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(New York) – The Afghan government should immediately reverse its suspension of the Solidarity Party of Afghanistan for organizing a protest calling for accountability for war crimes, Human Rights Watch said today. The suspension violates both Afghan law and the rights to freedom of expression, association, and assembly under international human rights law.

On June 2, 2012, the Ministry of Justice wrote to the Solidarity Party to inform them of the May 29 decision of the Meshrano Jirga, the upper house of the Afghan parliament, calling for the party’s suspension, pending investigation and possible prosecution of its leaders.

“Governments shouldn’t suspend a political party simply because they don’t like the party’s positions or statements,” said Brad Adams, Asia director at Human Rights Watch. “All Afghans have the right to peacefully express their views, whether others agree with them or not.”

Under the Afghan law on political parties, a party may be dissolved only by the courts upon the request of the minister of justice. The grounds for dissolving a political party are the use or threatened use of violence, affiliation with armed forces, and violation of the law. No court order was obtained by the Ministry of Justice allowing the party to be dissolved. The law does not provide for suspension of political parties.

The Solidarity Party of Afghanistan has been registered as a political party since 2004. It has not fielded political candidates, but has been outspoken on controversial issues, including organizing street protests against the US and NATO presence in Afghanistan, the execution of Afghans in Iran, and civilian casualties caused by international troops. It has also spoken out against Taliban abuses, and in support of women’s rights.

The government’s action followed an April 30 protest organized by the Solidarity Party in Kabul, calling for the prosecution of warlords who they allege have committed past atrocities. Many of those accused are currently in the government, parliament, or other official positions. The Solidarity Party protest occurred near the date of the 20th anniversary of “8 Saur,” a national holiday in Afghanistan that celebrates the victory of mujahidin insurgents over a communist government on April 28, 1992. It was also close to another important date in Afghan history, April 27, 1978, the day when a communist government first came to power. The Solidarity Party’s literature described both days as “a shameful stain” on Afghanistan’s history.

The focus of the protest was abuses committed both by communists after their rise to power in 1978, and by mujahidin parties after the fall of the communist government in 1992. Protesters carried signs with photos of the individuals they accused of human rights abuses with their faces crossed out in red paint. A statement issued by the group at the time accused the US and NATO of having “taken into their service” people with histories of abuse and having “implemented a government of murderers and traitors upon our people.” The statement demanded prosecution of those involved in abuses during these two periods of violence.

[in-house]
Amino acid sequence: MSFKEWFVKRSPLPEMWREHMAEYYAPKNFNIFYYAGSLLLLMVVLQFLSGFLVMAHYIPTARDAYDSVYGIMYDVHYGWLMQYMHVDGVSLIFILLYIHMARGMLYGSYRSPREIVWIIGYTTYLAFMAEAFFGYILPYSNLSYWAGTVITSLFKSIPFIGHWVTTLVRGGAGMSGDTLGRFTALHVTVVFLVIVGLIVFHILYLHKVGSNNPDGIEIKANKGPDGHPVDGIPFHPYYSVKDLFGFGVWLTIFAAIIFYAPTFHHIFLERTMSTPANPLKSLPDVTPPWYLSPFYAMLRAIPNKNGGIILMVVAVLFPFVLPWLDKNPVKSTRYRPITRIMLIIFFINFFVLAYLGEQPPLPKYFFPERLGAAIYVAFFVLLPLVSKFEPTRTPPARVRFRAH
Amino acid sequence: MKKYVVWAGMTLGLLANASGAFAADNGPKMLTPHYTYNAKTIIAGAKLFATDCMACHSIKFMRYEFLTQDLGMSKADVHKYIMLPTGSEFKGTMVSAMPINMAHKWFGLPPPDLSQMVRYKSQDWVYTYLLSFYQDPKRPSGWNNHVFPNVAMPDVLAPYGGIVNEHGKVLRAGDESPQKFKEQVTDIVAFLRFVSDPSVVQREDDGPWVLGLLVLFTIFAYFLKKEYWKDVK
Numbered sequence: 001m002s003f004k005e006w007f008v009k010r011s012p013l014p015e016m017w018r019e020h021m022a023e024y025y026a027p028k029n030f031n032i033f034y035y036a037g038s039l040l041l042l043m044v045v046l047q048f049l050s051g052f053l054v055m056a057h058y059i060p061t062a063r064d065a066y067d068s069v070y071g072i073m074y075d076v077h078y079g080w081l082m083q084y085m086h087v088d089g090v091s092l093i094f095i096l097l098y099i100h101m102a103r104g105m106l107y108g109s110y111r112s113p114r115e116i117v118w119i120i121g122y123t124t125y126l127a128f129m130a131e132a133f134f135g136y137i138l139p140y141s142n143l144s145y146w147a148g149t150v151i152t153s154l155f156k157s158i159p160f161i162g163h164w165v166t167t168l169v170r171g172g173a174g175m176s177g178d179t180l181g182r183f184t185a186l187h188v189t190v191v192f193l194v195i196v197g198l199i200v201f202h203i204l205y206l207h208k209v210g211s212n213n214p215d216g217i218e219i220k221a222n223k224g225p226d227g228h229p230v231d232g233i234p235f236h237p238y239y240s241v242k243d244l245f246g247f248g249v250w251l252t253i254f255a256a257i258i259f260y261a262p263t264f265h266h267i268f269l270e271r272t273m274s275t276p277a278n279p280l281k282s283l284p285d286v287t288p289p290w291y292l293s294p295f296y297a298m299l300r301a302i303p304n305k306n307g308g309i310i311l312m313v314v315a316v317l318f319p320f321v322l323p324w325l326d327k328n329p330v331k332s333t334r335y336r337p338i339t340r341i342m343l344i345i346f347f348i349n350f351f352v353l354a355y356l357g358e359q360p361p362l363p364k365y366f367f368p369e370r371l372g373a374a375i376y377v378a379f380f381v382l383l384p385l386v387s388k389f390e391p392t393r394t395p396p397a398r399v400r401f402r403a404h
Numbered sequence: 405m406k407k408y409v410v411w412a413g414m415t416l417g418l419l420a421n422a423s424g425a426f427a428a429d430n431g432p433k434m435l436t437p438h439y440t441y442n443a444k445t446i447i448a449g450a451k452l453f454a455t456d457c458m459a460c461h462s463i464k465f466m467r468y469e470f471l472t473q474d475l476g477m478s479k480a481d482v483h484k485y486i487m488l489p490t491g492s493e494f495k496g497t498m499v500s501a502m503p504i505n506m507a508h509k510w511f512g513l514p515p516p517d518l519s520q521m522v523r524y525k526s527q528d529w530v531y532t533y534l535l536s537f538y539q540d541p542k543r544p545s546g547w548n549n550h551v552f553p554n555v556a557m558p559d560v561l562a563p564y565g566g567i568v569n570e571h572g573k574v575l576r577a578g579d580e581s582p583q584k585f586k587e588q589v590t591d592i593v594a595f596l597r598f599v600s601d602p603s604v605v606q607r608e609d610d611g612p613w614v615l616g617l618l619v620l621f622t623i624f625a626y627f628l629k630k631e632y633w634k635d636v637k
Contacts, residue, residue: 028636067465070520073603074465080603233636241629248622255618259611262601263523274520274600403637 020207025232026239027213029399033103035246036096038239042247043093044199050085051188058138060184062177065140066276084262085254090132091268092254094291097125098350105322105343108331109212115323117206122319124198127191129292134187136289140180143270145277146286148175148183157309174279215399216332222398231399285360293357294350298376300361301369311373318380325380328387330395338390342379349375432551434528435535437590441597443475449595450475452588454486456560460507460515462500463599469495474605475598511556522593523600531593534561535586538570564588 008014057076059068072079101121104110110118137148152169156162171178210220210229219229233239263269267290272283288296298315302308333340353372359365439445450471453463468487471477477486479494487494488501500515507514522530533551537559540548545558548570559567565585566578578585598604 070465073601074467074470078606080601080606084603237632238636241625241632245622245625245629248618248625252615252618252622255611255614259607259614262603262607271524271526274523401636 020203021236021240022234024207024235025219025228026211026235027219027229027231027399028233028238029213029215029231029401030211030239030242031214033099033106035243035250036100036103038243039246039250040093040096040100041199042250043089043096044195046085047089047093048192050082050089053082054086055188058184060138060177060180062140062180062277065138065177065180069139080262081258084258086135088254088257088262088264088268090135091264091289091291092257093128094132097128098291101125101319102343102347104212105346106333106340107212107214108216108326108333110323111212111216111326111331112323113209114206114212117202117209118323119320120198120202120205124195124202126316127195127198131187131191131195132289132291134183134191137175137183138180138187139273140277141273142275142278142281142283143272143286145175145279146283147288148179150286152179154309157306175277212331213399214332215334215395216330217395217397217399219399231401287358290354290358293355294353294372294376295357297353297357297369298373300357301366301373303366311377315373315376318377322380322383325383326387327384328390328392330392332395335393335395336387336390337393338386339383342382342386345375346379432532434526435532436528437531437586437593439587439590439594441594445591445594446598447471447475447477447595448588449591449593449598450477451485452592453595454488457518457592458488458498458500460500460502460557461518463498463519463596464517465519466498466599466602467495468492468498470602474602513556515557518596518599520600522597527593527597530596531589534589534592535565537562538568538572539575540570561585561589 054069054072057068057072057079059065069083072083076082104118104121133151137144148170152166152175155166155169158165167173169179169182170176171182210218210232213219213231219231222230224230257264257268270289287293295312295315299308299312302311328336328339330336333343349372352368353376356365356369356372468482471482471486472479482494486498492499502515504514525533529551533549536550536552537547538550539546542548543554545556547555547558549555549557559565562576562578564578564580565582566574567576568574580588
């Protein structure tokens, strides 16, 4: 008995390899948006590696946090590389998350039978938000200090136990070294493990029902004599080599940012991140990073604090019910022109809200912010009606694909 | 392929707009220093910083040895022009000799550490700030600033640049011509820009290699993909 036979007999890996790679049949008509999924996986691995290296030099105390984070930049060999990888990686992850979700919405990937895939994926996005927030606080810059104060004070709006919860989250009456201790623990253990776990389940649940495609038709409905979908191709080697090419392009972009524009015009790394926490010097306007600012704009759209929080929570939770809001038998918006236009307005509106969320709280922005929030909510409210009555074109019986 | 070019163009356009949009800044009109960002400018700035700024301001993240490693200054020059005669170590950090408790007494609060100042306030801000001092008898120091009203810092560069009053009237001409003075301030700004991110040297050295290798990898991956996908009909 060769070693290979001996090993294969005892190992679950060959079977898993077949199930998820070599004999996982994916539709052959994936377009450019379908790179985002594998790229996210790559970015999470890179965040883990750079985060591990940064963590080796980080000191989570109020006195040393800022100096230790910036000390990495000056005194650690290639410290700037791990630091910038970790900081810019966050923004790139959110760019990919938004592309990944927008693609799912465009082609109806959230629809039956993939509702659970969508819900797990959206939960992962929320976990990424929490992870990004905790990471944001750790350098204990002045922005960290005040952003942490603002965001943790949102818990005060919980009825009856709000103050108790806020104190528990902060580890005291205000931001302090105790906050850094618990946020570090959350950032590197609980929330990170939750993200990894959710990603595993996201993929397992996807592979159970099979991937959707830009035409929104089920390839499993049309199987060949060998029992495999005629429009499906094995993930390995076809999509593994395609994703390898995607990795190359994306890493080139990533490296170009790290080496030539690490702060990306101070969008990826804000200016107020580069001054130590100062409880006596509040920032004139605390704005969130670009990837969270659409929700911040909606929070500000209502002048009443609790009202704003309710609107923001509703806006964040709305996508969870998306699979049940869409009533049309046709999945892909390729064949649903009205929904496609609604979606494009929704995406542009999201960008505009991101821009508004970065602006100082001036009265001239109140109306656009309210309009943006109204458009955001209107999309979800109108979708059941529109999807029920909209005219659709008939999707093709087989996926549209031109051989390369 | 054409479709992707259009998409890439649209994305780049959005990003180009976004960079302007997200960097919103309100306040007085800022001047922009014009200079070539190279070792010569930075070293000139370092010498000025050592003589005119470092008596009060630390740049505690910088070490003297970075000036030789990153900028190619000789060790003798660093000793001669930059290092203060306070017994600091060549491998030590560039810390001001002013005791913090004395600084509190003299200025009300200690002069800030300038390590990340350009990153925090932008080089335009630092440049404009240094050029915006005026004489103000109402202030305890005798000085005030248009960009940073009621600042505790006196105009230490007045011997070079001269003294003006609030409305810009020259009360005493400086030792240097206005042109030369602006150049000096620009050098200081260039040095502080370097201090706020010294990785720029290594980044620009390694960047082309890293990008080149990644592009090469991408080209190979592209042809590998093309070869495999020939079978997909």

Condemnation of the demonstration from members of the Afghan parliament was swift. The day after the protest, members of the Meshrano Jirga called for the party to be banned and its leaders prosecuted. On May 8, the Solidarity Party was asked, along with the Minister of Justice, to appear the next day for questioning by the Legislative, Judicial, and Justice Committee of the Meshrano Jirga. Several delays occurred, but on May 22, representatives of the Solidarity Party met with the Complaints Committee of the Meshrano Jirga. On May 29, the Meshrano Jirga wrote to the Ministry for Parliamentary Affairs asking the ministry to inform the Attorney General’s Office, the Ministry of Justice, the Ministry of Interior, and the National Security Directorate that the Solidarity Party’s activities should be suspended and the organization be investigated by law enforcement agencies.

Afghanistan is a party to the International Covenant on Civil and Political Rights, which protects the rights to freedom of association, expression, and peaceful assembly. Any restrictions on the right to freedom of association must be necessary in a democratic society, according to law, and not infringe on other rights.

Under the Taliban government, freedoms of speech and association were virtually non-existent. The years since the fall of the Taliban have seen a huge expansion of the Afghan media and a diversity in views expressed in the media, including views critical of the government and parliament. Political parties have gone from being completely banned under the Taliban to being a growing source of political debate and activism.

The administration of President Hamid Karzai has been relatively tolerant of dissent and criticism of the government, Human Rights Watch said. Journalists and politicians have often faced threats and sometimes assassination by enemies, including the Taliban, but there has been little official government interference with free speech and political organizing. The cooperation of the Ministry of Justice in suspending the Solidarity Party is a rare example of the executive branch of the Afghan government acting against the right to free expression.

“Freedom of speech and association has been one of Afghanistan’s great success stories since the fall of the Taliban,” said Adams. “An open discussion within Afghan society about what crimes were committed and who committed them is essential to making sure they never happen again.”

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